Vandalia United Methodist Church

From the Pastor's Study

My paternal grandmother, Margaret, lived a life of seclusion, having been thrown into early menopause following the birth of my father and the necessary surgery that brought it on. Depression coupled with undiagnosed epilepsy kept her confined to the “front room” of their rural home. It was the lifestyle of which she was most comfortable. That didn’t mean, however, that she had no friendships or contact with the outside world. Grandma’s lifeline was brought to her by AT&T. It was a black, rotary, desk phone that sat on the corner of her desk, next to her wooden rocking chair in the dining room.

Grandma’s day began and ended, with a break or two between, with her finger slowly dragging the wheel around the phone dial. She was connecting with her network of family and friends (including the pastor or his wife). Occasionally, her finger would dial the wrong number, and a new friend was made. It was routine that we received a call in the morning and in the evening. She would just check in to make sure we were okay. My brother and I would see who could out-wait the other when the phone rang, so that we didn’t have to talk to grandma, until my mother forced the issue.

Her frequent conversations were never malicious, occasionally informative, and often inaccurate.

It’s been forty years since grandma commanded the “hotline,” and a lot has changed. We still share tidbits of information with one another, but it’s a lot more public now and often anonymous. Anonymity has opened the door for a lot of malicious content; and now it seems, just because someone thinks something, they have a right to share it. Things we used to mumble to ourselves or only share with family have become public statements. They are displayed on the types of media that have a memory and are shared regardless of their accuracy or intent or damage they cause.

As children of God we have a responsibility to stop malignant behavior when we have a chance. We look to Christ, whom we follow, for an example of how to deal with societal issues.

Michael Krauszer, Ministry Assistant of Calvary Chapel, Old Bridge offers the following observations of Christ.

Christ is compassionate. Jesus never looked away from people; he always looked upon them and had compassion. Whenever people were around him, Jesus took the time to actually notice that people were hurting—and his compassion drove him to help them.

Christ is a servant. Without a doubt, Jesus was the ultimate servant. Although he was praised as a great teacher and even had a decent following, he made sure to teach his disciples to be servants by actually doing it himself.

Christ is loving. Jesus claimed that there is no greater love than to die for one of your friends—and he did just that. If anyone doubts his love, all they have to do is look upon the cross and see the agony that he bore for their sakes.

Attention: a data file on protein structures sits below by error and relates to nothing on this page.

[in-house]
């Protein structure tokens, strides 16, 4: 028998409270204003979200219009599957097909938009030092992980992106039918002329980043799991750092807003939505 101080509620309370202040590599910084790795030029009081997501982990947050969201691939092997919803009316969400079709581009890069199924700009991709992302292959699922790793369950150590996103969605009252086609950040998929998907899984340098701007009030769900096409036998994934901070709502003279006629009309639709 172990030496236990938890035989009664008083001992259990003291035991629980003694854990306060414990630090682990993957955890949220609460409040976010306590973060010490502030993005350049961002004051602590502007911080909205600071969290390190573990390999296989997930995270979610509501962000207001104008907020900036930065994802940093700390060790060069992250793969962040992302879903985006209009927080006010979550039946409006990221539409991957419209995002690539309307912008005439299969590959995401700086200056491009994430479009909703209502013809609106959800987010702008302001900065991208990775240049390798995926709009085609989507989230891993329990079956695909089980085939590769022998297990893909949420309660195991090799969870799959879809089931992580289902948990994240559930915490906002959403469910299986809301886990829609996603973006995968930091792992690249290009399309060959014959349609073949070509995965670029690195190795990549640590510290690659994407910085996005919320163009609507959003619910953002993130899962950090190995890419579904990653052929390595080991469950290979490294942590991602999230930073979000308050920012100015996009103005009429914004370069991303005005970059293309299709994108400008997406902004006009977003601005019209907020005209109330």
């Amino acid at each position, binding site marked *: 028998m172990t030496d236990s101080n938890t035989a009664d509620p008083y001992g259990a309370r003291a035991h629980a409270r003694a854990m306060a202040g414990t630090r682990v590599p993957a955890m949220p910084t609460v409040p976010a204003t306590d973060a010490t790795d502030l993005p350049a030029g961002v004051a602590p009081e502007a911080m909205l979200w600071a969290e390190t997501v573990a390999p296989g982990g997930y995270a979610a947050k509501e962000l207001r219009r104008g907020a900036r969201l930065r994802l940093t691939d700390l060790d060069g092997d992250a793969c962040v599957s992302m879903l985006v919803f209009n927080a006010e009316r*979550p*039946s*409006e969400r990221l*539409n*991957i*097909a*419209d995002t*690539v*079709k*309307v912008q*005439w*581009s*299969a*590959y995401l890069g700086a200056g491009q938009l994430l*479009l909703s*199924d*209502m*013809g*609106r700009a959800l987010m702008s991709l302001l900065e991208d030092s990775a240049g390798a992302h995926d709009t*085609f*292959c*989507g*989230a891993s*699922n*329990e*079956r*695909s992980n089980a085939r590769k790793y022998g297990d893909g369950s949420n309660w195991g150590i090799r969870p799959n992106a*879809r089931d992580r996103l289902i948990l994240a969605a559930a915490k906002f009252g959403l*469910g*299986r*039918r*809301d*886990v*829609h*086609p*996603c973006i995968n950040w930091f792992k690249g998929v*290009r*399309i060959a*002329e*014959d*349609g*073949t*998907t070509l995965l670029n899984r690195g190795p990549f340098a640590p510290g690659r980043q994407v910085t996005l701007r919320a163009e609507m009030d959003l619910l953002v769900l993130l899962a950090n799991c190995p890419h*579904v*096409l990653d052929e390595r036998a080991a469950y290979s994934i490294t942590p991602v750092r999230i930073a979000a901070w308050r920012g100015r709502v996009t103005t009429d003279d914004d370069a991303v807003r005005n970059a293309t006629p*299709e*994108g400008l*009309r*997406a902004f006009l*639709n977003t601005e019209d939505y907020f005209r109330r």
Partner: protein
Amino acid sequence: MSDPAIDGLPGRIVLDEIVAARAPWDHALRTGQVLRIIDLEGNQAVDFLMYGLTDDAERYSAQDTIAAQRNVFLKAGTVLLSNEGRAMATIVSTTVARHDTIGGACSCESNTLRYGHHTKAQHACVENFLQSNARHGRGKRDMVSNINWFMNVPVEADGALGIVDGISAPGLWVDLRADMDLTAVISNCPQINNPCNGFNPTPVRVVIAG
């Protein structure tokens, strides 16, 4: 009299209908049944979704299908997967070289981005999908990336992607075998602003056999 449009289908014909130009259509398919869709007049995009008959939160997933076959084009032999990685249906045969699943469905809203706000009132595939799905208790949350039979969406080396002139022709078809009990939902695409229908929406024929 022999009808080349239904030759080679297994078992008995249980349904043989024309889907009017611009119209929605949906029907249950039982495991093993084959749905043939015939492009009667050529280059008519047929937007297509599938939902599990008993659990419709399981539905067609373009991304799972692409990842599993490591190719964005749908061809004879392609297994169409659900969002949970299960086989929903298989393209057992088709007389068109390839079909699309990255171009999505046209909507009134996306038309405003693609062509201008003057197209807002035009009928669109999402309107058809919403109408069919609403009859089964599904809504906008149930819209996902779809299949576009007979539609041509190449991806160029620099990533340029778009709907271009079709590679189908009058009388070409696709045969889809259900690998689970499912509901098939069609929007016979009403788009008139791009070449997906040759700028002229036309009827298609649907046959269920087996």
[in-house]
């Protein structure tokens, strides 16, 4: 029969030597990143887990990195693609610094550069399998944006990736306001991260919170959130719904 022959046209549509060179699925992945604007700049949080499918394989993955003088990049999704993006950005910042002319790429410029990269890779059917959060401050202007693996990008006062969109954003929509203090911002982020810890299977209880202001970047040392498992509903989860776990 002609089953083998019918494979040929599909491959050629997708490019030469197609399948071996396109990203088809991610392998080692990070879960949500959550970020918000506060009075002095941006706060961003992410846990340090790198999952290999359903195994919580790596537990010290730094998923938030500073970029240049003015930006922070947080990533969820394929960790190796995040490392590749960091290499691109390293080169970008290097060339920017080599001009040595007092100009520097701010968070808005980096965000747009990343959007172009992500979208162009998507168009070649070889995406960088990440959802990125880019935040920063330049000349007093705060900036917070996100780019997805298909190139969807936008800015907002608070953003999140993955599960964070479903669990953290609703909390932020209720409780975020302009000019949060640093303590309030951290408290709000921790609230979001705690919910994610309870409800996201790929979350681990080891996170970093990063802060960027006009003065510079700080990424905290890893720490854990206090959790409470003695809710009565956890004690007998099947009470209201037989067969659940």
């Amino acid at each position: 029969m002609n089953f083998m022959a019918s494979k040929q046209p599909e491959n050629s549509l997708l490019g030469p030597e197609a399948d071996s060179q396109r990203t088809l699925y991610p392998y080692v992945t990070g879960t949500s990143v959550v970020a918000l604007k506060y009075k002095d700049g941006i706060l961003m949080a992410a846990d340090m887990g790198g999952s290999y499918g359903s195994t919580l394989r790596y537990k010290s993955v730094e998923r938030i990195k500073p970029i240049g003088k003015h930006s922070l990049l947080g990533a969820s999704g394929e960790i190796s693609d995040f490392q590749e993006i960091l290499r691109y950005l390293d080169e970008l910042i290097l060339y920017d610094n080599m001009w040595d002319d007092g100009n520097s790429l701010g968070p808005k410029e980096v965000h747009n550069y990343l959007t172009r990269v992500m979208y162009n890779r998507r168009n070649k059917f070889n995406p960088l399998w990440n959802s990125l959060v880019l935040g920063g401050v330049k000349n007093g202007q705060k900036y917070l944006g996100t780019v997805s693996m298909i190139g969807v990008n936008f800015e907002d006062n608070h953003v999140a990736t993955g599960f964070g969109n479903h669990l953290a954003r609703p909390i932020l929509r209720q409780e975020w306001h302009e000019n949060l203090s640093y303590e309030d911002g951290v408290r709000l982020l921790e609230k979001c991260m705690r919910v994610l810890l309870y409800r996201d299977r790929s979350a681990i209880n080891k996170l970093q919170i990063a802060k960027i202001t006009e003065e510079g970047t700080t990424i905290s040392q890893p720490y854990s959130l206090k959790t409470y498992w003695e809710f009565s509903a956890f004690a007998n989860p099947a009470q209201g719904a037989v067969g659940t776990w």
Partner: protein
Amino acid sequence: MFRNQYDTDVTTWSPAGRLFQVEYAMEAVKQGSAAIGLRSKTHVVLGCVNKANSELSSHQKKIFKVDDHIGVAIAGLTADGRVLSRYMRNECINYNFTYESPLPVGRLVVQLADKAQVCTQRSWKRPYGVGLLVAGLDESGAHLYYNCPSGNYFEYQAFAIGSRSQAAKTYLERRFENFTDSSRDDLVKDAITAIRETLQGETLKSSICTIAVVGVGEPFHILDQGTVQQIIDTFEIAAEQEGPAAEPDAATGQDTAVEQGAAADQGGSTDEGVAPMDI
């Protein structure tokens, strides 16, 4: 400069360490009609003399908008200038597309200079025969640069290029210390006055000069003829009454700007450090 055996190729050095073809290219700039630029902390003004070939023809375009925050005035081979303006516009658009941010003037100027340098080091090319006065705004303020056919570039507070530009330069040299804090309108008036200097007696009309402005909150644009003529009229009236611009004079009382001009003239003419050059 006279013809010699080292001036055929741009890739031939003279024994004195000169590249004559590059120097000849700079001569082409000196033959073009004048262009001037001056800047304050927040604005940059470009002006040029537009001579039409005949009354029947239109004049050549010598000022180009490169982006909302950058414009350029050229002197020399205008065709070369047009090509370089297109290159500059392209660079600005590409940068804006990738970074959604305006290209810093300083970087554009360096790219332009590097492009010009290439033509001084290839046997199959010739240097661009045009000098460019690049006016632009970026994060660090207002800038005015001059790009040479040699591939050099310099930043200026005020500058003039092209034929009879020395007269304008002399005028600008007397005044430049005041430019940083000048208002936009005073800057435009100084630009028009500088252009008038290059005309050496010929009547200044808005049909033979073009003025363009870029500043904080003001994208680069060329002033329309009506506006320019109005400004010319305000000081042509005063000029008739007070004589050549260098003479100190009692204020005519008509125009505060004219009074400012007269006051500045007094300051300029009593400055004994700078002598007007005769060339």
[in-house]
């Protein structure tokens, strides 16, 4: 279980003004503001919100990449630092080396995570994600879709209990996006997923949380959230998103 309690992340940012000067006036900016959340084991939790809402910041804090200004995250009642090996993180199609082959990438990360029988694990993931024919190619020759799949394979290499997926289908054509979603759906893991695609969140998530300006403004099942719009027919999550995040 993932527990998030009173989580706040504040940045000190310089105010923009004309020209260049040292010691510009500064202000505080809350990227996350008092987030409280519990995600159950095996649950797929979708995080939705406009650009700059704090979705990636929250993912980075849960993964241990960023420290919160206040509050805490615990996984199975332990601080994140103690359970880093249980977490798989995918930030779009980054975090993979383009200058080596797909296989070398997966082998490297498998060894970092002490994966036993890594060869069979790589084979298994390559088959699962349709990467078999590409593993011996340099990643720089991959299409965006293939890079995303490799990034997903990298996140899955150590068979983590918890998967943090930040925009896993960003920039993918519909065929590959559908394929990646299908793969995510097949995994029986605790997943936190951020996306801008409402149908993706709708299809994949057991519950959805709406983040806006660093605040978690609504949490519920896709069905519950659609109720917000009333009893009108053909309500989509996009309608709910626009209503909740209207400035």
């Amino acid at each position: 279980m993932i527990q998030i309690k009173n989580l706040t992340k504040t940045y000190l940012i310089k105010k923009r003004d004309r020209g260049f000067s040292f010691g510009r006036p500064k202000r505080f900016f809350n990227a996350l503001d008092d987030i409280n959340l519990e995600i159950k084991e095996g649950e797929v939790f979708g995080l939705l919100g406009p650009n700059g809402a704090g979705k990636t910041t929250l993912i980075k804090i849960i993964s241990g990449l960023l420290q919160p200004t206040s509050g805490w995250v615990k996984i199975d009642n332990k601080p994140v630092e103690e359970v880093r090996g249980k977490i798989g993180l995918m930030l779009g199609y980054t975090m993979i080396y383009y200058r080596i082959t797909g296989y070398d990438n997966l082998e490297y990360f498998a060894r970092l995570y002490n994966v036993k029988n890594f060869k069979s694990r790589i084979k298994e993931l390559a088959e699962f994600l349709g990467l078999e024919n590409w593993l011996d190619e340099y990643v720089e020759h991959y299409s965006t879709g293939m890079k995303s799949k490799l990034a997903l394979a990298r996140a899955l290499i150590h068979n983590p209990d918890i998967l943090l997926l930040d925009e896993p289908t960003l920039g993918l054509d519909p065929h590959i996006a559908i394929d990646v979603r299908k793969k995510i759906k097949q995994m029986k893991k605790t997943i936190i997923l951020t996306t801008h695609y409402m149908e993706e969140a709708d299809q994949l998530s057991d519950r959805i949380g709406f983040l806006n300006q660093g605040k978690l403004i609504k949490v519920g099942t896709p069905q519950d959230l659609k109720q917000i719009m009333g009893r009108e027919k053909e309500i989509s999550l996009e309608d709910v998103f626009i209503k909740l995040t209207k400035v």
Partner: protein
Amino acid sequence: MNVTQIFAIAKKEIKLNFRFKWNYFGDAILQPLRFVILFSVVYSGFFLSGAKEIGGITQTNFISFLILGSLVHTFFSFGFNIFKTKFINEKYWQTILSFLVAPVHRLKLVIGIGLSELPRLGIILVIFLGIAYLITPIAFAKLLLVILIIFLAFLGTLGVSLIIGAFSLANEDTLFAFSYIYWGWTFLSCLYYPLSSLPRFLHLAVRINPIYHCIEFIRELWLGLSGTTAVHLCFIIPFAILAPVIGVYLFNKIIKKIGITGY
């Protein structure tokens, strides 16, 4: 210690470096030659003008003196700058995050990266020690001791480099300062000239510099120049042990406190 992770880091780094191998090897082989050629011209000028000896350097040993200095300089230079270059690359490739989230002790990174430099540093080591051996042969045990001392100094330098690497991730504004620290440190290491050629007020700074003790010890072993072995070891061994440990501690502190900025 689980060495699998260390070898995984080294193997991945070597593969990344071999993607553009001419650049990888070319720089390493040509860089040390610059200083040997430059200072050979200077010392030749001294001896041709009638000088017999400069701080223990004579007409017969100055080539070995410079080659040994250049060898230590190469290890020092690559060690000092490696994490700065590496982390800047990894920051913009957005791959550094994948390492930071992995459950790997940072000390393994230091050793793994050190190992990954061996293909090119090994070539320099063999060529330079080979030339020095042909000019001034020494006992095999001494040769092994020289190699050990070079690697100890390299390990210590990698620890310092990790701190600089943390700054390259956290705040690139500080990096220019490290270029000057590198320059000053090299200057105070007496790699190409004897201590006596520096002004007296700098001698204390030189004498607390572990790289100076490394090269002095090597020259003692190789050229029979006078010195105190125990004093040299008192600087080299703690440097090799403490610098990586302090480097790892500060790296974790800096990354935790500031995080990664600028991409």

Christ is forgiving. One of the most startling things said in Scripture is found in Luke 23:34, when Jesus is on the cross and proclaims: “Father, forgive them, for they know not what they do.” Even while bleeding and experiencing pain, Jesus had his heart set on forgiveness—even forgiving those who put him there in the first place! This is definitely contrary to the everyday mantra of looking out for number one and obtaining personal justice.

Jesus is committed. Wherever he was, or whoever he was with, he was fully in the moment and fully committed to his goals. There were certainly many obstacles during his ministry, but he stayed on track and finished strong.

Jesus is prayerful. No matter how busy his ministry got, he found time to be alone and pray.

Jesus is gentle. There were certainly times where Jesus used stern words, but he knew when gentleness was appropriate.

Jesus is patience. Throughout the gospels, Jesus clearly gets portrayed as a very patient man. After all, he was surrounded by disciples who constantly doubted him, Pharisees and Sadducees who continually attacked him, and large crowds who wouldn’t leave him alone. Despite all of that, he kept his composure and responded appropriately to every individual.

Jesus has self-control. Before his ministry was launched, Jesus spent time being tempted by the devil in the wilderness. Although he was offered food, power, and many other things, Jesus controlled his desires and submitted them all to the will of the Father.

Jesus is humble. He had every opportunity and right to demand praise and accolades for his miracles and teachings, but he never did! He did not want to become a sideshow performance that people could enjoy. Rather, he wanted to seek and save the lost and offer forgiveness for sinful people.

If in every situation we would draw on the example of Christ, the haters in our world would be drowned out by the offering of Christian love. Rather than just sitting on the sidelines with all the inappropriate behavior taking place in our world, it is our responsibility to offer Christ’s love with understanding, compassion, and forgiveness.

In Christ’s amazing love,

9:30 AM Worship Service
10:40 AM Sunday School

First United Methodist Church of Vandalia :: 618.283.3684